Website Analytics September 15th, 2019
Going online and making a website effective the way a developer wants to is not always a cakewalk. Many developers do not know which metrics to look at to ensure site performance. This is because there are so many things to look at. Among the Google Analytics metrics out there, ‘bounce rate’ is one such metric that tells you a lot of things to help optimize conversions on your website.
Here, we will discover the factors affecting the bounce rate and how it can be improved!
According to Wikipedia bounce rate is the percentage of initial visitors to a site who “bounce” away to different websites rather than continuing on various pages of the same site! A bounce occurs when a web site visitor only views a single page on a website; that is, the visitor leaves a site without visiting any other pages before a specified session-timeout occurs.
There is no industry standard minimum or maximum time by which a visitor must leave for a bounce to occur. Instead, this is determined by the session timeout of the analytics tracking software. The formula used to calculate the bounce rate of a website:
Bounce Rate = Total Number of Visits Viewing One Page / Total Number of Visits to that Page
The success of a business depends on the amount of time spent by your target audience on your website. If the bounce rate of your site is high, you need to reconsider certain factors and find a solution to reduce the bounce rate.
In the internet marketing industry, two fundamental items traditionally create online success.
Bounce rates vary in different industries. While some may offer a better bounce rate than others, what I have done is tried to give a guideline for websites as a whole as to what is an acceptable bounce rate.
Awful – 80%-100% – Less than 3% of our sites measured to have an average bounce rate this poor. Time to rethink your online strategy.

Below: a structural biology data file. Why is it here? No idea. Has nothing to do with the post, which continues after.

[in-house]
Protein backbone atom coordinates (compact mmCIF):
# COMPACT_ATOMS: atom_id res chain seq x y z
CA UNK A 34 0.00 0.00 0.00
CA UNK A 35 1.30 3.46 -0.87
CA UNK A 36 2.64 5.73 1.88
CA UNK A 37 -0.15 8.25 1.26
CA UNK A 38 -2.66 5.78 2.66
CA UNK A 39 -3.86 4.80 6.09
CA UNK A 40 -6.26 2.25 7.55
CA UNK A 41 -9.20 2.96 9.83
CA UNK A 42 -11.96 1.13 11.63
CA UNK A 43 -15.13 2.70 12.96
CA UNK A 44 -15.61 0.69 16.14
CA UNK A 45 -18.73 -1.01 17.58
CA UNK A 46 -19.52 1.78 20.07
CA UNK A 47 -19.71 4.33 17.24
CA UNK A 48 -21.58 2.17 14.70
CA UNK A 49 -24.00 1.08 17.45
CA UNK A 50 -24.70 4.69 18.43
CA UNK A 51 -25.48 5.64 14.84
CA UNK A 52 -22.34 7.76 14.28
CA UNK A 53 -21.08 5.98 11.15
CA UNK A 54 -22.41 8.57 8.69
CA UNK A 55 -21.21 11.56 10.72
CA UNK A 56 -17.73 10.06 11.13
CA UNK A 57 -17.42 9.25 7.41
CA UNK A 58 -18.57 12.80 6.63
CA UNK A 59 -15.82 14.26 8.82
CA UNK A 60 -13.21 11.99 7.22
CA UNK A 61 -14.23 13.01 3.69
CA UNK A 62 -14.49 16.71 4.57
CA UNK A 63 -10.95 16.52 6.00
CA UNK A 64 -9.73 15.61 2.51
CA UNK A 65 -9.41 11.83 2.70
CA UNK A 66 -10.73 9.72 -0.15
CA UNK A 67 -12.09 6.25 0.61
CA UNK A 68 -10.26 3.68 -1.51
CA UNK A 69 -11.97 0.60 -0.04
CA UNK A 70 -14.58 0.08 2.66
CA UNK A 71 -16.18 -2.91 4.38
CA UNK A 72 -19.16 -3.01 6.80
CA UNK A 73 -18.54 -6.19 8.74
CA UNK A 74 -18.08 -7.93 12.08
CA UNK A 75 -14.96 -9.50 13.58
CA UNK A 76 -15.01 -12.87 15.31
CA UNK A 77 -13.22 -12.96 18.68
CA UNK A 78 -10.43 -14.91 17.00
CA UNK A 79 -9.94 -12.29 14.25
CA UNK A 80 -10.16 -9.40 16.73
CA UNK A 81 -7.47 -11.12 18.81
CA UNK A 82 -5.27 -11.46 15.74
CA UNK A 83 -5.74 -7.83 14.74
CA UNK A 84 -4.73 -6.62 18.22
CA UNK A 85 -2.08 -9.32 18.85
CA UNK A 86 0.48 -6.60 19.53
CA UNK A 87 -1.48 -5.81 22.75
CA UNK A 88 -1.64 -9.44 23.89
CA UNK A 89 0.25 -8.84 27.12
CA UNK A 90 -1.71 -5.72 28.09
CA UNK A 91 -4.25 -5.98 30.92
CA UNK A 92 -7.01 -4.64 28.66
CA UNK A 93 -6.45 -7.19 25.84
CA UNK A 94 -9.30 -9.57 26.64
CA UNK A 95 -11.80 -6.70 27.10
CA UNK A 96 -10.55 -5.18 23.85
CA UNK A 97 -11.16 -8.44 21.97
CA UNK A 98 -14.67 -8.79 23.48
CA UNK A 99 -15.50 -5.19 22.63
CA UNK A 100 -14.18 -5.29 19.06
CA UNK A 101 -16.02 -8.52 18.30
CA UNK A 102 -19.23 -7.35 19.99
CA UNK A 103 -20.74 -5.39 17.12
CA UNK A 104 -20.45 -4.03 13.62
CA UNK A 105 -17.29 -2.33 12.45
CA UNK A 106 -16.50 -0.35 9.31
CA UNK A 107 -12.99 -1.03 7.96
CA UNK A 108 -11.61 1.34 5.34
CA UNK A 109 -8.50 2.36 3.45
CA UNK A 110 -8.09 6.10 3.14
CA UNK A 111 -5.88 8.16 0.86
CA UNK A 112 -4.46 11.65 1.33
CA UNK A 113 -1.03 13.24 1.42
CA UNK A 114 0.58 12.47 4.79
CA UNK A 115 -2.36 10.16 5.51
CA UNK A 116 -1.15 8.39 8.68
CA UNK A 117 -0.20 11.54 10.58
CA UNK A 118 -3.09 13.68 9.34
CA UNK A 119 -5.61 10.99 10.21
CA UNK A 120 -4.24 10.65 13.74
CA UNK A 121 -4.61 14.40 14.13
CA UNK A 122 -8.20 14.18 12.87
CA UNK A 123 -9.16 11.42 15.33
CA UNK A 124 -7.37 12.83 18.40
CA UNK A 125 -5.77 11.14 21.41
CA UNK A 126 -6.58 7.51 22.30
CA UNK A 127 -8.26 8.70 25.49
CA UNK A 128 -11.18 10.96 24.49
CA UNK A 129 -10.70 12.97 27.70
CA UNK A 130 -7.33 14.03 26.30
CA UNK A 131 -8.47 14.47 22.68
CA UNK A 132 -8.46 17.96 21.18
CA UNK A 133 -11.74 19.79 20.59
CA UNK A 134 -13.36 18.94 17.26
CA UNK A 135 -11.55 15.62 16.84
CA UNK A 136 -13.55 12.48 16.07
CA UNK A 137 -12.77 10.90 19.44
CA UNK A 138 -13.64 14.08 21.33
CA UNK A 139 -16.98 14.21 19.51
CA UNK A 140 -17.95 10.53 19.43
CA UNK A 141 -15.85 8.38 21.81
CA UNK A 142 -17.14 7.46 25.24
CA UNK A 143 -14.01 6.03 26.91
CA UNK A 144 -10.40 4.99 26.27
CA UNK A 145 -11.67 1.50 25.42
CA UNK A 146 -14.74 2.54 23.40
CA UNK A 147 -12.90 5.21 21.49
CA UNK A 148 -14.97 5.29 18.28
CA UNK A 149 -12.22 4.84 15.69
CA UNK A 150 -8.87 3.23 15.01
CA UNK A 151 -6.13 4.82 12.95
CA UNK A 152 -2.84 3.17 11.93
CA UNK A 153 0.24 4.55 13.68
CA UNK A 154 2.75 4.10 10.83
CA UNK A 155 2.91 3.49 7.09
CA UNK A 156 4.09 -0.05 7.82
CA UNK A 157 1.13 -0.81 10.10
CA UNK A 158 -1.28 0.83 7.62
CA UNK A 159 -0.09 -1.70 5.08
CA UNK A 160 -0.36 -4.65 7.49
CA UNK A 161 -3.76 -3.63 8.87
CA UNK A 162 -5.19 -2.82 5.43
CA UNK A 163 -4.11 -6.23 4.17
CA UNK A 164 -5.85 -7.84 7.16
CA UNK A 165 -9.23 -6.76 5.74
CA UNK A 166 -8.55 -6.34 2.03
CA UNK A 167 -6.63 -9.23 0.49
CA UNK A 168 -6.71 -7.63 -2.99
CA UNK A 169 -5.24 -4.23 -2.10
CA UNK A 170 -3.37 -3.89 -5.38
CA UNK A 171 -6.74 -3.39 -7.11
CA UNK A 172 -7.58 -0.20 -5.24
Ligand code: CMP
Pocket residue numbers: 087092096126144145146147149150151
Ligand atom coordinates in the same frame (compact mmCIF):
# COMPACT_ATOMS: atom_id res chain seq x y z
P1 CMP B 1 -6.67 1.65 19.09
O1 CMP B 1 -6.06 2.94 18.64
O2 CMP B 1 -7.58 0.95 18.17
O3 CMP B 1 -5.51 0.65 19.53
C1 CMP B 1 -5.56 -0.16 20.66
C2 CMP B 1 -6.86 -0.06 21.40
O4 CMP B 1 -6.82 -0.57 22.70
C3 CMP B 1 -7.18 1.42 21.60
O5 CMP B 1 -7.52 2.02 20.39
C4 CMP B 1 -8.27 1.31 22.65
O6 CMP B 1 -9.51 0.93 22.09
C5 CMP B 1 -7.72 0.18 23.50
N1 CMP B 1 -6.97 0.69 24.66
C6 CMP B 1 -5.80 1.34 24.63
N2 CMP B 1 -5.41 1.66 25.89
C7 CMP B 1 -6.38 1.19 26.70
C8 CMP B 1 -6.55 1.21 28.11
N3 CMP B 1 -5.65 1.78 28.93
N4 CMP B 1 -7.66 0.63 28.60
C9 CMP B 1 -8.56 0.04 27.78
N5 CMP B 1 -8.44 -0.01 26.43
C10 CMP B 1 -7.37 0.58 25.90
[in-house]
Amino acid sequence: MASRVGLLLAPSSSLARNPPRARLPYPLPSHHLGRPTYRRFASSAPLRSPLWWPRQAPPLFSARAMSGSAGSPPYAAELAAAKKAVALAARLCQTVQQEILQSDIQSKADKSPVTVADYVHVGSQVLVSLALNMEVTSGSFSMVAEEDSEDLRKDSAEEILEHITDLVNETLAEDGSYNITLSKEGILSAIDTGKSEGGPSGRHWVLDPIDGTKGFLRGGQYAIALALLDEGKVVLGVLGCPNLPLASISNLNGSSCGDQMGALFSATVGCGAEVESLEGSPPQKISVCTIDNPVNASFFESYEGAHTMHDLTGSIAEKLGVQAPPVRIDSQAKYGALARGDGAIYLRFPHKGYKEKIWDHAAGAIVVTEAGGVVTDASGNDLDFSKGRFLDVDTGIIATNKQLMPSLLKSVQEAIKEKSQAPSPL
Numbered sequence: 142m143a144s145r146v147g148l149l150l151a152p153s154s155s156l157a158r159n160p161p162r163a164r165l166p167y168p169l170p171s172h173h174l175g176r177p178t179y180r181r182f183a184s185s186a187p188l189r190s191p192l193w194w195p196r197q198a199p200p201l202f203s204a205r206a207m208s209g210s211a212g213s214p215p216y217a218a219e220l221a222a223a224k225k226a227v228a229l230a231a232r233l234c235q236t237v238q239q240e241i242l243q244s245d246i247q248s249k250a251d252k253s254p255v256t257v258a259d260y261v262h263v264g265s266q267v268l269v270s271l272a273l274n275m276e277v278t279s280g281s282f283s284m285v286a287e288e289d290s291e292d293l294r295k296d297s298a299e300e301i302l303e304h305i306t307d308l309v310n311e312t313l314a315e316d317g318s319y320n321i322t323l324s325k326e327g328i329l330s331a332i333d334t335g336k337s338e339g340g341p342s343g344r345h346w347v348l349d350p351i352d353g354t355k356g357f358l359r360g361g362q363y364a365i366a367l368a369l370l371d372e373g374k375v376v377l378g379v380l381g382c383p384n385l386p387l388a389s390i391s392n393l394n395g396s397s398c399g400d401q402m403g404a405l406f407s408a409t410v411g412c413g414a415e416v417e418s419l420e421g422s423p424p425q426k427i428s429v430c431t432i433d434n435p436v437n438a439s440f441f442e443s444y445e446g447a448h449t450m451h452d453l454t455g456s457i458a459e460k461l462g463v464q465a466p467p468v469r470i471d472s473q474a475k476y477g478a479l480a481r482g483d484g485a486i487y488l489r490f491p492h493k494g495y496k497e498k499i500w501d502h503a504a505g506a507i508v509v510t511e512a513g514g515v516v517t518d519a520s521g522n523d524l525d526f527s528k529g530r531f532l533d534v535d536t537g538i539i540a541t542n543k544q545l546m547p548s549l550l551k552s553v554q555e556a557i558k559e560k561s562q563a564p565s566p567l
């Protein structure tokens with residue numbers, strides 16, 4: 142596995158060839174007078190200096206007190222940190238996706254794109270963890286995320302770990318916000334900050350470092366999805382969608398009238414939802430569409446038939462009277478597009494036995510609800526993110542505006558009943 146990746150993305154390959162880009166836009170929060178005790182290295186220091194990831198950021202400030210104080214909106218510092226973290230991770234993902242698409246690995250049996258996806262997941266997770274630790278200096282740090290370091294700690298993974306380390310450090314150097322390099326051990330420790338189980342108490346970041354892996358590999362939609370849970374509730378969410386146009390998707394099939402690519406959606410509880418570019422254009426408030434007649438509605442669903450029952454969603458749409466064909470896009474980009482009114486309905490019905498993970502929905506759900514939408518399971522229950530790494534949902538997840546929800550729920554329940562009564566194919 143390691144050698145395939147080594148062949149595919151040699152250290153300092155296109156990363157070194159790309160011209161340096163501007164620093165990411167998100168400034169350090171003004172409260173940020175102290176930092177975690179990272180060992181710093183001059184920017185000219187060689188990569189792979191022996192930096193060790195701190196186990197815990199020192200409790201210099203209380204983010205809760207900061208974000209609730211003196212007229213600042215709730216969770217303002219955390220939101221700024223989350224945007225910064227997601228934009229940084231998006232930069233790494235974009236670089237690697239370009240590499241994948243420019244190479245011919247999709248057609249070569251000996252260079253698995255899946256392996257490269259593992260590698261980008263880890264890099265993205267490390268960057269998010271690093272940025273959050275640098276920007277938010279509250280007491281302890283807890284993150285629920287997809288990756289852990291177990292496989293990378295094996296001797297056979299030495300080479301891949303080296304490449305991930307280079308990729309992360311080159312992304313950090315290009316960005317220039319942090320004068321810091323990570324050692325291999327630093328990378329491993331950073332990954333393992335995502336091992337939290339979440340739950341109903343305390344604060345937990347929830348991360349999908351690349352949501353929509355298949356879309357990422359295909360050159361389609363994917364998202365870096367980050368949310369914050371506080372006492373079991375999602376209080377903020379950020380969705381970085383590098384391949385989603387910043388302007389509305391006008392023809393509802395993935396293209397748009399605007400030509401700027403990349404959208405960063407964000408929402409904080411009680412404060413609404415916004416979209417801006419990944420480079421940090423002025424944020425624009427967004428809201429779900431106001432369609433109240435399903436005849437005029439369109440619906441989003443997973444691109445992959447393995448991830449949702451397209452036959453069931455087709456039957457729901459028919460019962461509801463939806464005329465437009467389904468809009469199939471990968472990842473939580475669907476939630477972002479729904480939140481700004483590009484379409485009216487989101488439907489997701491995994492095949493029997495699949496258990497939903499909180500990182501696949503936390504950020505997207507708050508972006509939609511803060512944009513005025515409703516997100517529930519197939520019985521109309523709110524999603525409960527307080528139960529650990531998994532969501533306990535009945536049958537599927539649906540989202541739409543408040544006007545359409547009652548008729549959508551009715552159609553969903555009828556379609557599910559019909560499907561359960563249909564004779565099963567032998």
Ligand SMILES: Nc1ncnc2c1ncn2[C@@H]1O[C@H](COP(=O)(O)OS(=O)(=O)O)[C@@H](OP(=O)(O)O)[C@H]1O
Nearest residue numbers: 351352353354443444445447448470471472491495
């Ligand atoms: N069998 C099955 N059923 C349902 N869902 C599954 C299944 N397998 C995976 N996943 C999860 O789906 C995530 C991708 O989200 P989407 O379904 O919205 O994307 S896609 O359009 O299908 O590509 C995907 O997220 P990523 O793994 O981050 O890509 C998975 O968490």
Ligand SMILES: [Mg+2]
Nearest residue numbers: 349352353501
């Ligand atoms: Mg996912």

Very rare to see a site that performs this poorly unless it is strictly an informational website.
Bad – 55% to 80% – Surprisingly, we see that 25% of sites fall within this range in the first few months that we measure. This metric is improved by introducing A/B and split testing for site improvement.
Average – 40% – 55% – Most sites we measure, about 45% fall within this range. If you are here you can likely be making significant improvements using Website Optimizer.
Good – 26% – 40% – 20% of sites that we measure fall within this range. If your bounce rate is in this range you are doing very well. There are still improvements that can be made though so keep measuring!
Very Good – 0% – 25% – Less than 6% of the sites we measure have a bounce rate this low. If you have metrics this good you are doing something very right!
The low/Good bounce rate indicates that visitor engagement on your site is good. High/Bad ratings are a bad situation and improvement plans should be made. A high bounce rate means that your website’s entry or doorway page (landing pages/ entrance pages) are not speaking to the audience properly.
Here are some essential tips for reducing your site’s bounce rate:
When a potential customer visits your website, the first thing that he will notice is the content and layout design of your site. If your homepage design is appealing, he will surely go more in-depth and explore your products or services. Therefore, your website should be designed with a professional layout to catch the attention of your visitor. As much as possible, pay attention to your website’s readability, contrast and colours.